This account is pending registration confirmation. Please click on the link within the confirmation email previously sent you to complete registration. Need a new registration confirmation email? Click here
Earlier this month the Bureau of Labor Statistics (BLS) announced that productivity had grown at an annual rate of 0.9 percent during the second quarter. An increase in productivity might sound good on the surface, but this report actually carried some sobering warning signs.
The second quarter's 0.9 percent annual rate of productivity growth is a fall-off from 2012's rate of 1.5 percent, and from the average of 2.1 percent over the last four calendar years.
What's even more disturbing is that in the latest BLS report, the estimated rate of productivity growth during the first quarter of this year was revised downward from a positive 0.5 percent to a negative 1.7 percent. This was the result of downward revisions in the original estimates of both output and hours worked, with the drop in the estimate of output being the greater of the two. The result is that output actually declined in the first quarter, suggesting that the economy is slowing and getting less efficient as a result.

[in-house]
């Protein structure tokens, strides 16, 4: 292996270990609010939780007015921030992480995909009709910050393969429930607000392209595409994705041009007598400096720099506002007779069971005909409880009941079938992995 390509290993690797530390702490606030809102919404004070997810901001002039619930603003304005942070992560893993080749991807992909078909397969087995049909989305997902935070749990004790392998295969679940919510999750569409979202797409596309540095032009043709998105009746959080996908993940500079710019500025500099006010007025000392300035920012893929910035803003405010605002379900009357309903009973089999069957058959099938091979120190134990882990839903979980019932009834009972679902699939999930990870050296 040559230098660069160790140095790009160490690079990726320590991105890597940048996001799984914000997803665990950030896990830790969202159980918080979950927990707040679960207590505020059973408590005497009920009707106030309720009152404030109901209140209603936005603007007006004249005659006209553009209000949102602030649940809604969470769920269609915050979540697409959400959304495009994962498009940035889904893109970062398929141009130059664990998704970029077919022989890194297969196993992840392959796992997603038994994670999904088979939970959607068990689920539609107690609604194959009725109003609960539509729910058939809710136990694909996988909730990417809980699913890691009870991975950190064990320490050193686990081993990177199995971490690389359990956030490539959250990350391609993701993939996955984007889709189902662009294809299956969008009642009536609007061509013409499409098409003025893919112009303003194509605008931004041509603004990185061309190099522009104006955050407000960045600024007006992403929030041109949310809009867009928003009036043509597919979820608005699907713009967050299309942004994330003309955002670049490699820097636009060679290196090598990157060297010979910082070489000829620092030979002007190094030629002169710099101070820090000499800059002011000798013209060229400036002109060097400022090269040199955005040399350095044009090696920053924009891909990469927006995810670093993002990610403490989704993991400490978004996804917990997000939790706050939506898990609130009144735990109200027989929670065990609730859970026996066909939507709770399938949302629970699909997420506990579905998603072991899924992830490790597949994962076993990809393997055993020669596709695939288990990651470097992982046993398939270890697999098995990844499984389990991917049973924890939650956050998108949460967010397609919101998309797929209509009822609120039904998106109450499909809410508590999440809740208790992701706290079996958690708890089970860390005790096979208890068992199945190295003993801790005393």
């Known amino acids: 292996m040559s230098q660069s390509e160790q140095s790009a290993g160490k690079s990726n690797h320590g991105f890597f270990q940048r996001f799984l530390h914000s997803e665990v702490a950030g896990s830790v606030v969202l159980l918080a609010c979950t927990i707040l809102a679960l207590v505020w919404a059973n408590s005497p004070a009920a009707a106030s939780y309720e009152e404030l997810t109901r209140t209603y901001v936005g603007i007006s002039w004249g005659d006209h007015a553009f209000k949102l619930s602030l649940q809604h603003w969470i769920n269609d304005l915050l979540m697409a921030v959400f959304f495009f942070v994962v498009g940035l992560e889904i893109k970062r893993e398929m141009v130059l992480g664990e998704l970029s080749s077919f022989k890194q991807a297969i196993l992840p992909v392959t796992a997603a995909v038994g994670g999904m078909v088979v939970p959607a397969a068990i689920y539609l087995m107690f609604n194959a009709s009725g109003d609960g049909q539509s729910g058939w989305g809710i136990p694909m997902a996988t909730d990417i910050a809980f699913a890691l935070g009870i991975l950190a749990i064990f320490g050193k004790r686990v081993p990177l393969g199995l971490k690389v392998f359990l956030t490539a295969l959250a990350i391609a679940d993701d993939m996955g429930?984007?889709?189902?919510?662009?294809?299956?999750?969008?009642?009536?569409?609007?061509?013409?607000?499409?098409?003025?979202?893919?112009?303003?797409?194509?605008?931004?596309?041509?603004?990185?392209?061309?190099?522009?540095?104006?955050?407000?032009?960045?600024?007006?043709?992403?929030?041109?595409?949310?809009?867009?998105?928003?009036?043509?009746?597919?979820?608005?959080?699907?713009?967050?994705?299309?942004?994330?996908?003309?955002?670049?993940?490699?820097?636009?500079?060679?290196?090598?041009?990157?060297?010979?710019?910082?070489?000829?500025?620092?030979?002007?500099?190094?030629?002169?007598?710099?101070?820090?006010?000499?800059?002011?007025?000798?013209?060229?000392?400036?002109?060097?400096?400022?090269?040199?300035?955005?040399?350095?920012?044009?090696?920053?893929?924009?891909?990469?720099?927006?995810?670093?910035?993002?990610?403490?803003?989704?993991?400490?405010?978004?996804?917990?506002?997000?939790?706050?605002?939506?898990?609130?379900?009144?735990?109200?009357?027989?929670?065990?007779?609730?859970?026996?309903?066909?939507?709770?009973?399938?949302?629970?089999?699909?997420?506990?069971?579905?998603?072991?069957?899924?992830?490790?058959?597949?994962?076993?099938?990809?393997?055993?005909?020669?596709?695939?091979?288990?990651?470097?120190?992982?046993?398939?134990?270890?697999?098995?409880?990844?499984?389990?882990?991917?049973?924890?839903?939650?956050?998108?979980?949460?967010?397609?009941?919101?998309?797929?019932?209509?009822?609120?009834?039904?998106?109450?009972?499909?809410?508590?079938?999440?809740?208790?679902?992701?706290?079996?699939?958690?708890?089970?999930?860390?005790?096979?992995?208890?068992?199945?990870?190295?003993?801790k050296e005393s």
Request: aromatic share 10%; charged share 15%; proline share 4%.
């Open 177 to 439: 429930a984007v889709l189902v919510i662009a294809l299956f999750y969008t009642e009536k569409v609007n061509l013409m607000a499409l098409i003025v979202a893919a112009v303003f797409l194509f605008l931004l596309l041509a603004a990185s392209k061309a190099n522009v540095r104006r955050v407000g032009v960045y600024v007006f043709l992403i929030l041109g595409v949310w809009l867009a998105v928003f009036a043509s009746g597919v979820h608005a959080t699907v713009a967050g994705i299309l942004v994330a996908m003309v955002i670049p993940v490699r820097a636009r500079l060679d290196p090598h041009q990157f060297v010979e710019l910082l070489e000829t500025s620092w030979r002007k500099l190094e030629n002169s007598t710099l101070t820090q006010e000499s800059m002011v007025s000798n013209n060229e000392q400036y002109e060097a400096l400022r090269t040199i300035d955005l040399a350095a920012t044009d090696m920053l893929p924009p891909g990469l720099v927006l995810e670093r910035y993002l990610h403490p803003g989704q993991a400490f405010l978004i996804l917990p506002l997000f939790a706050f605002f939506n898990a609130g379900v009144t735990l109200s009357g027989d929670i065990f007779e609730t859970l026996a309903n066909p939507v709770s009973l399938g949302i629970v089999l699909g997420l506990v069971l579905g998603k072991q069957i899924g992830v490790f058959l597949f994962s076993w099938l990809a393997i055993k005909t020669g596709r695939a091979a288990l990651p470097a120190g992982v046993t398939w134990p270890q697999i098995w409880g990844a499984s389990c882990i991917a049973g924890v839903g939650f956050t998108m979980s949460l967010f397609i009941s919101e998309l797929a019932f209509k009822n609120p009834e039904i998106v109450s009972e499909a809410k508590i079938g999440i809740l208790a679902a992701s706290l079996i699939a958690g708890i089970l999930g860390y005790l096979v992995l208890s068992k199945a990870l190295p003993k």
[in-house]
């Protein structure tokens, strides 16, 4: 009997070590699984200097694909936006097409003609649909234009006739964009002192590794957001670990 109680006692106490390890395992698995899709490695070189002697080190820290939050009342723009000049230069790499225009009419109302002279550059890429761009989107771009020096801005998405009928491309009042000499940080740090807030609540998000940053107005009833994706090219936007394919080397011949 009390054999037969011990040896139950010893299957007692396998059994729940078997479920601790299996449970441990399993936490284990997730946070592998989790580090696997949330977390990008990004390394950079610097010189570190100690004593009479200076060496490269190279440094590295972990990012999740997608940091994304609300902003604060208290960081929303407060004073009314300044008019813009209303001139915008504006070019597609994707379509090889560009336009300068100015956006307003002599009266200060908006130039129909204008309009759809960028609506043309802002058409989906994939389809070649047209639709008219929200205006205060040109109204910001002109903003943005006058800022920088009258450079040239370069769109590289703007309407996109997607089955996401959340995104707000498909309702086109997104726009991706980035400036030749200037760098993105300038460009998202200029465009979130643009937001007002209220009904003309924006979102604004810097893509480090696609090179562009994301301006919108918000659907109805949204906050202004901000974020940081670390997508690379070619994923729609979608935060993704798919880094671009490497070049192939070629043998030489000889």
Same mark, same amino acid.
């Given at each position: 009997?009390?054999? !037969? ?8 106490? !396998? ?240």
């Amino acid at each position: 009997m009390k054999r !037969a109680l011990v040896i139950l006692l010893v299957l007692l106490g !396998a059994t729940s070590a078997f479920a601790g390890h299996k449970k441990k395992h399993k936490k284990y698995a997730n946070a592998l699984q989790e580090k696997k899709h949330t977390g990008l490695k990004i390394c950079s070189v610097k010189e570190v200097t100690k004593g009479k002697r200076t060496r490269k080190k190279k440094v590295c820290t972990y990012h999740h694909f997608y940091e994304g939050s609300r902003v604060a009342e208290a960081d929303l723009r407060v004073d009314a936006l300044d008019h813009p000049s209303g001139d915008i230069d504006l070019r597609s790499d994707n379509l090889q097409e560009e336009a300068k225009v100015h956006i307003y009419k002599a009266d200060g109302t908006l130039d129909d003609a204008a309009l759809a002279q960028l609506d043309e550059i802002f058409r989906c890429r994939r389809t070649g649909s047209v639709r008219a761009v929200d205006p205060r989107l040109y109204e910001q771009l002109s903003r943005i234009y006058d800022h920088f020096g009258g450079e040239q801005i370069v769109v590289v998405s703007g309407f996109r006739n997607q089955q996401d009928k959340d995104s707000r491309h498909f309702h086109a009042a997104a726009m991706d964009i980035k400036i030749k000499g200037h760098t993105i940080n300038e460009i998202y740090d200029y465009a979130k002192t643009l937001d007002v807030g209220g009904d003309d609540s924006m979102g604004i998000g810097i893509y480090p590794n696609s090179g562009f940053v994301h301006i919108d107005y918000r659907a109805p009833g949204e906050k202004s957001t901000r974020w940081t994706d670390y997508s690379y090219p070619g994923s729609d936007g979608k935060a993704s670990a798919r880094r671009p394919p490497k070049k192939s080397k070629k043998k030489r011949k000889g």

The significance of productivity
Productivity is a measure of the economy's efficiency. It captures the amount of output a workforce creates per hour worked, so any time output grows faster than the amount of time worked, it means the economy is becoming more efficient. The real significance of productivity is that it has implications for both economic growth and inflation.
Productivity tends to grow when economic growth is accelerating. When demand increases, businesses are pushed to operate at closer to full capacity, and growth in output usually happens faster than increases to the workforce. These things result in strong productivity gains.
On the other hand, when productivity gains slow, it can be a sign that underlying demand has slowed unexpectedly, signaling trouble for economic growth. Looking back, a sudden drop in productivity in 2006 might have been a warning sign of the coming recession. Productivity gains averaged a very healthy 3.1 percent in the 10 years through 2005, but then dropped to 0.7 percent in 2006.